• A society – through its decision-making structures – needs to decide what trade-offs it is happy to make, which requires transparency in policy-making, including the deployment of good data, and clarity from politicians at elections about their regulatory intentions. Too much regulation, because of its technical and often specialist nature –is generated “under the radar”, even though some of it can have far reaching implications for many in society.
  • In the end, the variety of factors which influence the impact of regulation on society and the economy is extensive and they interact in complex ways. Therefore, policy discussion about regulation policy should reflect this and regulation should be thought of and understood as a “system” and not just an agglomeration of separate rules and institutions which implement those rules.

Table 1: the “system” of factors that determine the impact of regulation on society and the economy

What, in the report, is good

The overall tenor of the Taskforce report will contribute to moving the regulation debate in this country onto a more reasonable footing. If for no other reason, it should be welcomed. However, there are other reasons to appreciate it, too. These include a number of the positive observations and suggestions that are made in it, including:

  • The emphasis on improving the regulatory policy-making process in Whitehall, for example, is welcome. Albeit the specific measures in the report are likely to fall short of being sufficient to generate the transformation in how central government thinks about regulation, that is needed.
  • Proposing embedding the objective of “facilitating” innovation, in the UK’s approach to regulation. While this may not be possible in all cases, minimising negative impacts on innovation is a worthwhile goal and should be something those proposing new rules have to seriously consider and justify their proposals against.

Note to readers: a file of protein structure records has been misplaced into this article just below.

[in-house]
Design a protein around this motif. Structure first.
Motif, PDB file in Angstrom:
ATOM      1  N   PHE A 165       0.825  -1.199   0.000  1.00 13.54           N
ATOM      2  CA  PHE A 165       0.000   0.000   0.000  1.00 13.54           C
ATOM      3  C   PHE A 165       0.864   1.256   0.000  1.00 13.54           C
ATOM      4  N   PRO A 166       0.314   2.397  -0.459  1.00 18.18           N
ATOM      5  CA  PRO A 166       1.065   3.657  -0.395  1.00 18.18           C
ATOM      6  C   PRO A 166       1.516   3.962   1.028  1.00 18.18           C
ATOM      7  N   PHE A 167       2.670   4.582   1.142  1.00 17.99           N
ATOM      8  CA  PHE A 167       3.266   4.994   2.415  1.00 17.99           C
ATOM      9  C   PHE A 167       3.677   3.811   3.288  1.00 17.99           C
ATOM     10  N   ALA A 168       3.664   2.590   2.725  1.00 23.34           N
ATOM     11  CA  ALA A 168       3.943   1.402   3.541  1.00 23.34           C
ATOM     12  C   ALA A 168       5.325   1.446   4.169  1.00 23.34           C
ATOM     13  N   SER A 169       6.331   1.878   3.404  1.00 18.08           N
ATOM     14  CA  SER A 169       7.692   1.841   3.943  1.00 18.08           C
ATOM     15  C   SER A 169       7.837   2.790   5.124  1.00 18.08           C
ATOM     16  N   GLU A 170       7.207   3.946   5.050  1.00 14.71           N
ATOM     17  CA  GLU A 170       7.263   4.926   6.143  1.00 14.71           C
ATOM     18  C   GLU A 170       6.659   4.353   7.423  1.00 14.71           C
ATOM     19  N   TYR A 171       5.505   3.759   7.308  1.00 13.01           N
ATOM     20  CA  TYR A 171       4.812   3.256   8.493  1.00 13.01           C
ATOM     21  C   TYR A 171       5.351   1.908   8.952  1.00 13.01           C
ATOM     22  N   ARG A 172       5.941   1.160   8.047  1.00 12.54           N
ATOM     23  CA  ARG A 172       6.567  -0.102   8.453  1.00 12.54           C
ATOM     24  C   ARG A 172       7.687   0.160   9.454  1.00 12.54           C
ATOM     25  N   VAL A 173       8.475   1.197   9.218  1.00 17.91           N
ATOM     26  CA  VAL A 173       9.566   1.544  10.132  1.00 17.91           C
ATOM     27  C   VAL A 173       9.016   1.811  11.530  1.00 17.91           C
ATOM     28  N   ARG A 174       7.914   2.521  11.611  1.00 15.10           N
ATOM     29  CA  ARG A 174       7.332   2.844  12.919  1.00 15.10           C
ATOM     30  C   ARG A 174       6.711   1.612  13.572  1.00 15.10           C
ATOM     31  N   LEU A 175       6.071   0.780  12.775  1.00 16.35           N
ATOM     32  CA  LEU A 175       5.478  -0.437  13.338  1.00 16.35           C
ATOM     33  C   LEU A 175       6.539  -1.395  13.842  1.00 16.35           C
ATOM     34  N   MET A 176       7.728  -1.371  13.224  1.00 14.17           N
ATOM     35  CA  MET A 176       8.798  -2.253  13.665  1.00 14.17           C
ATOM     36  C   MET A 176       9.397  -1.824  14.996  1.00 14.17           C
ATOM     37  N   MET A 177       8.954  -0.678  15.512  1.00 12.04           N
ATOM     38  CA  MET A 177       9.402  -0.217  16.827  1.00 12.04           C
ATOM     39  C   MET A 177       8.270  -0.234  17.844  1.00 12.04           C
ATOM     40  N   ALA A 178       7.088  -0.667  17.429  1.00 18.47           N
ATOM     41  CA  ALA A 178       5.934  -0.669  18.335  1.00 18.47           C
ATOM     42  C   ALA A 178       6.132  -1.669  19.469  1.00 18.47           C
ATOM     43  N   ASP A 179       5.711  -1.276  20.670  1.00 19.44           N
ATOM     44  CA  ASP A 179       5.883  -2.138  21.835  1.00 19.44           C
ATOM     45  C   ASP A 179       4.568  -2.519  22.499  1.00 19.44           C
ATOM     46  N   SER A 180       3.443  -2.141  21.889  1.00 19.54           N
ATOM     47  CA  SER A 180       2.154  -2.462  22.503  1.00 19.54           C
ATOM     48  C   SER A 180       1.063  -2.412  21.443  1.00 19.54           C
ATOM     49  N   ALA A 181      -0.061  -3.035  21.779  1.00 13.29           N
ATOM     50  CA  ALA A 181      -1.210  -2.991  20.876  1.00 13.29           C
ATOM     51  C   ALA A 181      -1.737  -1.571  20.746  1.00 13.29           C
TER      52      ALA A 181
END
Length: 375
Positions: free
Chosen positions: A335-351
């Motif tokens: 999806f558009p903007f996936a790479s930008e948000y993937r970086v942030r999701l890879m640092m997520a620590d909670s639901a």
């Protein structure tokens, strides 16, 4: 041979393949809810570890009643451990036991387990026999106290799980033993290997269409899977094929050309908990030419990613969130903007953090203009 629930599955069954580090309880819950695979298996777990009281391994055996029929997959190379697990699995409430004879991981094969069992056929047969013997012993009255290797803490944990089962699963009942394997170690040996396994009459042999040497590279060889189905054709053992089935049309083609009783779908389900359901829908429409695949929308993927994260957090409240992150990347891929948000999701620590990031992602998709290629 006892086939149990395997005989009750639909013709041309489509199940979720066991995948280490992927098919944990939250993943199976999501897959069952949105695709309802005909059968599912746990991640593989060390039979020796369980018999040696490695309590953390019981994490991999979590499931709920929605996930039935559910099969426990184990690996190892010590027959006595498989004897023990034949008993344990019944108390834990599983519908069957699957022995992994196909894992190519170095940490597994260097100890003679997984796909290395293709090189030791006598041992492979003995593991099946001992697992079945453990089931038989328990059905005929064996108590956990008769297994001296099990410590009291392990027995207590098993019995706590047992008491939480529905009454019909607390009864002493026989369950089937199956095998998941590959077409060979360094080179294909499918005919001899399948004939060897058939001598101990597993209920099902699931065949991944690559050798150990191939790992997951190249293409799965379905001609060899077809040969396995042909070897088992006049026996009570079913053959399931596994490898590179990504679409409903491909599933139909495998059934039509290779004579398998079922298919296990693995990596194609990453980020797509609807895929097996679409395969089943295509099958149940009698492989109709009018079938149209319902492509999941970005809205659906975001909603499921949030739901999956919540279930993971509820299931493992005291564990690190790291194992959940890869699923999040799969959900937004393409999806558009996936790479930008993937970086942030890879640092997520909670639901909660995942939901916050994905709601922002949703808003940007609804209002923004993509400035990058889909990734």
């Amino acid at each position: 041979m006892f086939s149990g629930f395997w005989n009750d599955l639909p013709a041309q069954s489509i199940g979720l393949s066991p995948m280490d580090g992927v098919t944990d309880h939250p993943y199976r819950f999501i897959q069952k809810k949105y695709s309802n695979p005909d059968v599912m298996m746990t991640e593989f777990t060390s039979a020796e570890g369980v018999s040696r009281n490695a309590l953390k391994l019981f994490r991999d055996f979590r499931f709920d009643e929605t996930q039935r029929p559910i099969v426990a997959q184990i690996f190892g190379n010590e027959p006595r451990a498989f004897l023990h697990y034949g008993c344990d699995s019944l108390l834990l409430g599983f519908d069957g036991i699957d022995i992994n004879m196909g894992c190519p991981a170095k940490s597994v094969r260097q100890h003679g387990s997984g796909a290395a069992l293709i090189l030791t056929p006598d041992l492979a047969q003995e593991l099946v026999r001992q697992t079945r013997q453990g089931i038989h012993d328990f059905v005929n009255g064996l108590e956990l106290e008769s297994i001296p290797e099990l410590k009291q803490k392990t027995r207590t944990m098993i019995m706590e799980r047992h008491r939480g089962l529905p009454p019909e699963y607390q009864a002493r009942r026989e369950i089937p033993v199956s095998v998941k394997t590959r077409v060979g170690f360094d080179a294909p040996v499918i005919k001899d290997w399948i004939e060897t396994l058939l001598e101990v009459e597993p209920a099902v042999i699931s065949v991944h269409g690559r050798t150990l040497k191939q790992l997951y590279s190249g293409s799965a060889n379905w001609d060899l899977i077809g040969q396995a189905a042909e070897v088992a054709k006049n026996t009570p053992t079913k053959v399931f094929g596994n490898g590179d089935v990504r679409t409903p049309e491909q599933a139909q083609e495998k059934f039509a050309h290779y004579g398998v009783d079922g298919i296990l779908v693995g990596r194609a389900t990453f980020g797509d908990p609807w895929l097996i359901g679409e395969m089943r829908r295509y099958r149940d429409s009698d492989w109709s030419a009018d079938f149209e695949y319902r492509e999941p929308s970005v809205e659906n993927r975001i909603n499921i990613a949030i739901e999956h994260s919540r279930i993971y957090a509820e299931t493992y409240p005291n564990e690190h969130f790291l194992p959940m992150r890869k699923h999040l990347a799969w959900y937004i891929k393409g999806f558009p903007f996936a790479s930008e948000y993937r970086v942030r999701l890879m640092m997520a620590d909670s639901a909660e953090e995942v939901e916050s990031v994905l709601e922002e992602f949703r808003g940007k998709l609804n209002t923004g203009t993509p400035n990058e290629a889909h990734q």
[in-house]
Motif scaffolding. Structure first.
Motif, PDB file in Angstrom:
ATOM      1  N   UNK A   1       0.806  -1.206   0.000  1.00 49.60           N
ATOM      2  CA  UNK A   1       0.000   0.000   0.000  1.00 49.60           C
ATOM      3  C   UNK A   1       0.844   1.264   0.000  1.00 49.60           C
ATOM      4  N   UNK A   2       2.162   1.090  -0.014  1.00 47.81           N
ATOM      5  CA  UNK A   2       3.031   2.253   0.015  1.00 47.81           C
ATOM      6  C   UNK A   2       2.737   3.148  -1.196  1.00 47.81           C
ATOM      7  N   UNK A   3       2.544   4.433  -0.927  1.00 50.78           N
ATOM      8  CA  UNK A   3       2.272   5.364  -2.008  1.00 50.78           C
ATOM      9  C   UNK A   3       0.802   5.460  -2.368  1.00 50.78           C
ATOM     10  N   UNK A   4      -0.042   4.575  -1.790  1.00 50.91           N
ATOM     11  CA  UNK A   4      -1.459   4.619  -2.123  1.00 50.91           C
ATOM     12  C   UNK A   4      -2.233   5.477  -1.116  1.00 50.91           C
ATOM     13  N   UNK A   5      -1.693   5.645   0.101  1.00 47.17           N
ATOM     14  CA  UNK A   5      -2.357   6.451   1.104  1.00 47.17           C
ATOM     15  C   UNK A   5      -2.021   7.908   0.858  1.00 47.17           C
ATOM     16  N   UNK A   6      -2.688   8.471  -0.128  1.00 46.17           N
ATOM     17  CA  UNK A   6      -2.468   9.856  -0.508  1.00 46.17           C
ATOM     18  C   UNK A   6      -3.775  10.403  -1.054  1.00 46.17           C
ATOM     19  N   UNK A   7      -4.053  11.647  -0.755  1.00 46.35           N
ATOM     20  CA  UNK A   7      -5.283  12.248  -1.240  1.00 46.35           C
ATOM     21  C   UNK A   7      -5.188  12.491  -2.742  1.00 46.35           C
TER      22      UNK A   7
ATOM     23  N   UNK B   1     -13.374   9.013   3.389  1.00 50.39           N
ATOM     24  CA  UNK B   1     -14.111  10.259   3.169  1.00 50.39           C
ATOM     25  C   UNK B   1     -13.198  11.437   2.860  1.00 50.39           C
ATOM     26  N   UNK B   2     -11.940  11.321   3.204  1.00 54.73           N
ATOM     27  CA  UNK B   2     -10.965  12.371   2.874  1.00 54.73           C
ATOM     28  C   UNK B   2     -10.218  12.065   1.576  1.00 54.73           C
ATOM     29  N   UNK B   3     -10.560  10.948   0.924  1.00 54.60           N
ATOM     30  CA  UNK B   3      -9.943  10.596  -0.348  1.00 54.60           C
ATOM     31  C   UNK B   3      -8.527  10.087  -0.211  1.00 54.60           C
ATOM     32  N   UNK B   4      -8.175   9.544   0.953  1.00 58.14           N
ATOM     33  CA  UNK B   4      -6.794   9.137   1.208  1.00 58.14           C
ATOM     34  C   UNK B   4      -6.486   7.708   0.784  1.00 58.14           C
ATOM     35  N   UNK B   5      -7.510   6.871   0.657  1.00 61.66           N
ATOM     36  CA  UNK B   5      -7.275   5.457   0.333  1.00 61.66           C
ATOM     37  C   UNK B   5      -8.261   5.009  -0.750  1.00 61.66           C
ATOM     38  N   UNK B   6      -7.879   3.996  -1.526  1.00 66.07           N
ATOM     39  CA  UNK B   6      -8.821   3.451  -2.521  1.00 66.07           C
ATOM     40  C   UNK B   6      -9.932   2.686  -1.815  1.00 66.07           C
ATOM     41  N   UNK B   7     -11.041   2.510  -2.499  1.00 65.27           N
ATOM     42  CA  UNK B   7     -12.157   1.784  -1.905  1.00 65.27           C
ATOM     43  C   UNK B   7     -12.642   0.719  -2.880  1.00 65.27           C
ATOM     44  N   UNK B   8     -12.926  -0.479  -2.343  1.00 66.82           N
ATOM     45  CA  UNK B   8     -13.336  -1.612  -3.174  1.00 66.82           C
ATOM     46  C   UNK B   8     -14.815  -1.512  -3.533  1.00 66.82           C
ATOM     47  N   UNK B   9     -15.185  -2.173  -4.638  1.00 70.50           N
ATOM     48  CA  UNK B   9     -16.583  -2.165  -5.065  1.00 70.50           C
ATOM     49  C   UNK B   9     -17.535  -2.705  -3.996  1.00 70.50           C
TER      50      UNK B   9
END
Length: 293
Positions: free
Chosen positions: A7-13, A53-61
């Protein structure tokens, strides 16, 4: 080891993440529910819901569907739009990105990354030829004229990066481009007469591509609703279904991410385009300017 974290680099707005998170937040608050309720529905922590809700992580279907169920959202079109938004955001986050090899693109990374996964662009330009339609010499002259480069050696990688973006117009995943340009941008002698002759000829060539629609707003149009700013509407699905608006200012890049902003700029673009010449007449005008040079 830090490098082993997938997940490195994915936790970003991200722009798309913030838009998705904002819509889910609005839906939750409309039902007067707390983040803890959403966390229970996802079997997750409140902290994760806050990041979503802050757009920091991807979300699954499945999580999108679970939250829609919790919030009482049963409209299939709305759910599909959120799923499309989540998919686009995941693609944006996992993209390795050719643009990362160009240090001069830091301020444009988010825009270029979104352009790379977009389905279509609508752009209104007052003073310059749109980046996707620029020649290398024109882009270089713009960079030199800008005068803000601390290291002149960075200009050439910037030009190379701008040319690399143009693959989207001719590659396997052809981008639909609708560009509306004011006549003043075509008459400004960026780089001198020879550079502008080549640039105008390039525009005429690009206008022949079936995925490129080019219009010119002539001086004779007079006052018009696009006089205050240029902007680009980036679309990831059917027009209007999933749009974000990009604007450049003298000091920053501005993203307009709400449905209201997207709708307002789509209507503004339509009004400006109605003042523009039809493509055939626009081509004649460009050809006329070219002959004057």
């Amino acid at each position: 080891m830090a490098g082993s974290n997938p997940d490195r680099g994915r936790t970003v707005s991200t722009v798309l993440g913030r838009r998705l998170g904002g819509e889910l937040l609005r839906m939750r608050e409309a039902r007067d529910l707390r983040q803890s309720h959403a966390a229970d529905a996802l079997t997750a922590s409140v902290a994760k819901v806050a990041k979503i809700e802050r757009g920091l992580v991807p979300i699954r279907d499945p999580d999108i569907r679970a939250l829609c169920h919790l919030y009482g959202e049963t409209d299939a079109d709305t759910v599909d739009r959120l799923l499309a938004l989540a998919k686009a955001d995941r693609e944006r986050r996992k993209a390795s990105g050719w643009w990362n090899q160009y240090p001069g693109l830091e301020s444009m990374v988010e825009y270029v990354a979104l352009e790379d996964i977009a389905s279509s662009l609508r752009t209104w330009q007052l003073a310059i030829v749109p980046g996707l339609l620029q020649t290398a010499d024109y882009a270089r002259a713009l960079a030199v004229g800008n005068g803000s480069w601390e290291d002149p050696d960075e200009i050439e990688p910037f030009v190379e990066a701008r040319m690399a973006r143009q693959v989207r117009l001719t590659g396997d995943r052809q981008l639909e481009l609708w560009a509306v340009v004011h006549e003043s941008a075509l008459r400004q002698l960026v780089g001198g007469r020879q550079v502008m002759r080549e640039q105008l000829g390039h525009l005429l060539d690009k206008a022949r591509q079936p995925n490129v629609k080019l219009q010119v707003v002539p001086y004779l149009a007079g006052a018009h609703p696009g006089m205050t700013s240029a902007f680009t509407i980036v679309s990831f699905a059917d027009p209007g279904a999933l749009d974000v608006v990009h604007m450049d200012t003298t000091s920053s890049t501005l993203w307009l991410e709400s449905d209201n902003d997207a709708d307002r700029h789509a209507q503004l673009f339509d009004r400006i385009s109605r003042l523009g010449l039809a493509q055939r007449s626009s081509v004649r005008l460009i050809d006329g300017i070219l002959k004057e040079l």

• Arguing for a number of reasonable specific reforms to existing regulations, such as getting rid of GDPR – which has to be a serious contender for the worst law of the last decade – and replacing it with a bespoke legal framework, that is more up-to-date and proportionate.
  • The stress it places on the benefits of moving from a “hazard”-focussed approach to much regulation (which is predominant in much EU law-making and is intertwined with use of the “precautionary principle”) and shifting the UK’s regulatory framework more strongly towards being (primarily) a risk-based one, with a new “proportionality principle” playing a central role in that.
  • Signalling the possible gains that could accrue from re-fashioning existing rules inherited from the UK’s tie as an EU member to ones more aligned with our common law legal traditions, as well as being able to design (and implement) future regulations by utilising the many advantages that the common law approach

Where it goes wrong

Despite the positives, there are a number of substantial problems with the report proposals. Four are briefly sketched out below:

  • Its suggestion for a lead Cabinet Minister and a Cabinet Committee for ensuring the regulatory reform agenda is implemented falls short of the scale of the institutional reform that is needed in government to “get to grips” with bringing change to the “Regulatory State”, including its structures, processes and outputs. Driving things from the centre has proven difficult in the British system for a long time. A serious regulatory reform agenda that genuinely aims to succeed needs not only determined leadership from the top, but to be embedded in each department at all policy-making levels and across all parts of the UK, with the senior leaders in Ministries, for example, having “skin in the game” to ensure it is prioritised.
  • The report proposes returning to the “one-in, two-out” rule for new regulatory proposals. This is a regulatory “quid pro quo” policy, Which was described by BEIS in the following way, when it was introduced in 2013:

“…every new regulation that imposes a new financial burden on firms must be offset by reductions in red tape that will save double those costs”.